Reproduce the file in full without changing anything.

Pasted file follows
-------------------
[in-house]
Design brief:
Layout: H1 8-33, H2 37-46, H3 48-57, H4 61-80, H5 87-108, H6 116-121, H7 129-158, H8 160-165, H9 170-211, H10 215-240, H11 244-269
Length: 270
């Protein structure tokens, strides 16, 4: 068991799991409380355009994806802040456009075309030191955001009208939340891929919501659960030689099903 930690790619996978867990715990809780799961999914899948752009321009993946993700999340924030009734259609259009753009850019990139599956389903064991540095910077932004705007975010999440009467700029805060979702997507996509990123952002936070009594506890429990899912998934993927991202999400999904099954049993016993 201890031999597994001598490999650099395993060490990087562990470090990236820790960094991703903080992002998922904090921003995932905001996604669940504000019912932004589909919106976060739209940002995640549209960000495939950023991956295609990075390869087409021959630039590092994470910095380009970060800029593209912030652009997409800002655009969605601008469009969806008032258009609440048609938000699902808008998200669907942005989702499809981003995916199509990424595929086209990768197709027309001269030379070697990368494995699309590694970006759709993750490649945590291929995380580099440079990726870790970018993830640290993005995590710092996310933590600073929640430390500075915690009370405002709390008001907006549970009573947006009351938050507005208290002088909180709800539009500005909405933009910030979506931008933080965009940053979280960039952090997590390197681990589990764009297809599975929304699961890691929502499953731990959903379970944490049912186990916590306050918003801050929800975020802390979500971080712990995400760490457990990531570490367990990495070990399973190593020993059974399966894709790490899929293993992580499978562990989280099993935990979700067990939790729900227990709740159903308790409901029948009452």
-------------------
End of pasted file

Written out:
[in-house]
Design brief:
Layout: H1 8-33, H2 37-46, H3 48-57, H4 61-80, H5 87-108, H6 116-121, H7 129-158, H8 160-165, H9 170-211, H10 215-240, H11 244-269
Length: 270
């Protein structure tokens, strides 16, 4: 068991799991409380355009994806802040456009075309030191955001009208939340891929919501659960030689099903 930690790619996978867990715990809780799961999914899948752009321009993946993700999340924030009734259609259009753009850019990139599956389903064991540095910077932004705007975010999440009467700029805060979702997507996509990123952002936070009594506890429990899912998934993927991202999400999904099954049993016993 201890031999597994001598490999650099395993060490990087562990470090990236820790960094991703903080992002998922904090921003995932905001996604669940504000019912932004589909919106976060739209940002995640549209960000495939950023991956295609990075390869087409021959630039590092994470910095380009970060800029593209912030652009997409800002655009969605601008469009969806008032258009609440048609938000699902808008998200669907942005989702499809981003995916199509990424595929086209990768197709027309001269030379070697990368494995699309590694970006759709993750490649945590291929995380580099440079990726870790970018993830640290993005995590710092996310933590600073929640430390500075915690009370405002709390008001907006549970009573947006009351938050507005208290002088909180709800539009500005909405933009910030979506931008933080965009940053979280960039952090997590390197681990589990764009297809599975929304699961890691929502499953731990959903379970944490049912186990916590306050918003801050929800975020802390979500971080712990995400760490457990990531570490367990990495070990399973190593020993059974399966894709790490899929293993992580499978562990989280099993935990979700067990939790729900227990709740159903308790409901029948009452």